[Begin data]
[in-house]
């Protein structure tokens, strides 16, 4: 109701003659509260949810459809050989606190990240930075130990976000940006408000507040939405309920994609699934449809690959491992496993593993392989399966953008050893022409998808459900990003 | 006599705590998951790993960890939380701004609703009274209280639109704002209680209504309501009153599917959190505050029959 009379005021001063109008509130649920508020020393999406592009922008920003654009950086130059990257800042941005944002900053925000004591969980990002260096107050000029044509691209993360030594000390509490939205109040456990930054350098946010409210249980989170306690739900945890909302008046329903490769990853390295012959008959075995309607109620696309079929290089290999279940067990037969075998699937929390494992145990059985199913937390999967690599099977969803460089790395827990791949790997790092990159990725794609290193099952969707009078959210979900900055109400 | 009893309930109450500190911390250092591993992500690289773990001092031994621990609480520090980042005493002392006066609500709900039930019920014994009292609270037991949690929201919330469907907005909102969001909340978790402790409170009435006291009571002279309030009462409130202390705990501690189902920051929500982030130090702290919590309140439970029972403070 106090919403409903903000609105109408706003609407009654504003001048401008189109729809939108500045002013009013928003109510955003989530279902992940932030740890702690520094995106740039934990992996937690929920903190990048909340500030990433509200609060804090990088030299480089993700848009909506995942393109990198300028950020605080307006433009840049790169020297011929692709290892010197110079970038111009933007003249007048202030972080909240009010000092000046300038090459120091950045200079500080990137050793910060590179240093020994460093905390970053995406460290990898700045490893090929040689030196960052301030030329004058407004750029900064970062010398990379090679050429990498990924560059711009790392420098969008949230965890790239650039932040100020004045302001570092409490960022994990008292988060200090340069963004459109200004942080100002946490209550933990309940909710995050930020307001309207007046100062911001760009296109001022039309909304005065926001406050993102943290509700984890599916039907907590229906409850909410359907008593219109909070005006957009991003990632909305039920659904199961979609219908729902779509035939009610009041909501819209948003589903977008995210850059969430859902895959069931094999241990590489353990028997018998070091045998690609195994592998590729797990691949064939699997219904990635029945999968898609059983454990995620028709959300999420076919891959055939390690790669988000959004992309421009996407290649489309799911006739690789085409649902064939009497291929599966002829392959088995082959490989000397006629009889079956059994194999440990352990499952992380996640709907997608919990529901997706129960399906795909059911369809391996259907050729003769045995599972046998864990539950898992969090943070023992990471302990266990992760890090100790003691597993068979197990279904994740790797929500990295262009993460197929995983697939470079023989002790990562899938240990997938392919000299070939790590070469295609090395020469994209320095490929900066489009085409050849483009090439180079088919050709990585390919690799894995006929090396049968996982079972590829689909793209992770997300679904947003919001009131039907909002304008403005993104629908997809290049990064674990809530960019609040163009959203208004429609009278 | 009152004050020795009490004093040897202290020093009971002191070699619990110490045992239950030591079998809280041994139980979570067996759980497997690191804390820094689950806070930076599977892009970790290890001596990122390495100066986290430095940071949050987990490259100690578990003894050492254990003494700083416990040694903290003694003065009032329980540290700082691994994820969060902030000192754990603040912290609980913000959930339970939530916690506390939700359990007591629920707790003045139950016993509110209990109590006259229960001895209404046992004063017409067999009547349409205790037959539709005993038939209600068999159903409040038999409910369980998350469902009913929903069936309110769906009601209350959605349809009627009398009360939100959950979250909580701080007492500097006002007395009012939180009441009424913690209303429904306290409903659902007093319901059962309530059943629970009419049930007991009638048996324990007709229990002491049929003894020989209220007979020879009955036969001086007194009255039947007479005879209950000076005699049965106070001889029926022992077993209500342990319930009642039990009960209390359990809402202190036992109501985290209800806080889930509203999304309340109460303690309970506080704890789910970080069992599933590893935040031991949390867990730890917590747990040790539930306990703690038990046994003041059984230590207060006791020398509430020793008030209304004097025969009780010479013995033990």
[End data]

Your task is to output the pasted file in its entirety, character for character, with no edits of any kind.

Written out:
[in-house]
């Protein structure tokens, strides 16, 4: 109701003659509260949810459809050989606190990240930075130990976000940006408000507040939405309920994609699934449809690959491992496993593993392989399966953008050893022409998808459900990003 | 006599705590998951790993960890939380701004609703009274209280639109704002209680209504309501009153599917959190505050029959 009379005021001063109008509130649920508020020393999406592009922008920003654009950086130059990257800042941005944002900053925000004591969980990002260096107050000029044509691209993360030594000390509490939205109040456990930054350098946010409210249980989170306690739900945890909302008046329903490769990853390295012959008959075995309607109620696309079929290089290999279940067990037969075998699937929390494992145990059985199913937390999967690599099977969803460089790395827990791949790997790092990159990725794609290193099952969707009078959210979900900055109400 | 009893309930109450500190911390250092591993992500690289773990001092031994621990609480520090980042005493002392006066609500709900039930019920014994009292609270037991949690929201919330469907907005909102969001909340978790402790409170009435006291009571002279309030009462409130202390705990501690189902920051929500982030130090702290919590309140439970029972403070 106090919403409903903000609105109408706003609407009654504003001048401008189109729809939108500045002013009013928003109510955003989530279902992940932030740890702690520094995106740039934990992996937690929920903190990048909340500030990433509200609060804090990088030299480089993700848009909506995942393109990198300028950020605080307006433009840049790169020297011929692709290892010197110079970038111009933007003249007048202030972080909240009010000092000046300038090459120091950045200079500080990137050793910060590179240093020994460093905390970053995406460290990898700045490893090929040689030196960052301030030329004058407004750029900064970062010398990379090679050429990498990924560059711009790392420098969008949230965890790239650039932040100020004045302001570092409490960022994990008292988060200090340069963004459109200004942080100002946490209550933990309940909710995050930020307001309207007046100062911001760009296109001022039309909304005065926001406050993102943290509700984890599916039907907590229906409850909410359907008593219109909070005006957009991003990632909305039920659904199961979609219908729902779509035939009610009041909501819209948003589903977008995210850059969430859902895959069931094999241990590489353990028997018998070091045998690609195994592998590729797990691949064939699997219904990635029945999968898609059983454990995620028709959300999420076919891959055939390690790669988000959004992309421009996407290649489309799911006739690789085409649902064939009497291929599966002829392959088995082959490989000397006629009889079956059994194999440990352990499952992380996640709907997608919990529901997706129960399906795909059911369809391996259907050729003769045995599972046998864990539950898992969090943070023992990471302990266990992760890090100790003691597993068979197990279904994740790797929500990295262009993460197929995983697939470079023989002790990562899938240990997938392919000299070939790590070469295609090395020469994209320095490929900066489009085409050849483009090439180079088919050709990585390919690799894995006929090396049968996982079972590829689909793209992770997300679904947003919001009131039907909002304008403005993104629908997809290049990064674990809530960019609040163009959203208004429609009278 | 009152004050020795009490004093040897202290020093009971002191070699619990110490045992239950030591079998809280041994139980979570067996759980497997690191804390820094689950806070930076599977892009970790290890001596990122390495100066986290430095940071949050987990490259100690578990003894050492254990003494700083416990040694903290003694003065009032329980540290700082691994994820969060902030000192754990603040912290609980913000959930339970939530916690506390939700359990007591629920707790003045139950016993509110209990109590006259229960001895209404046992004063017409067999009547349409205790037959539709005993038939209600068999159903409040038999409910369980998350469902009913929903069936309110769906009601209350959605349809009627009398009360939100959950979250909580701080007492500097006002007395009012939180009441009424913690209303429904306290409903659902007093319901059962309530059943629970009419049930007991009638048996324990007709229990002491049929003894020989209220007979020879009955036969001086007194009255039947007479005879209950000076005699049965106070001889029926022992077993209500342990319930009642039990009960209390359990809402202190036992109501985290209800806080889930509203999304309340109460303690309970506080704890789910970080069992599933590893935040031991949390867990730890917590747990040790539930306990703690038990046994003041059984230590207060006791020398509430020793008030209304004097025969009780010479013995033990």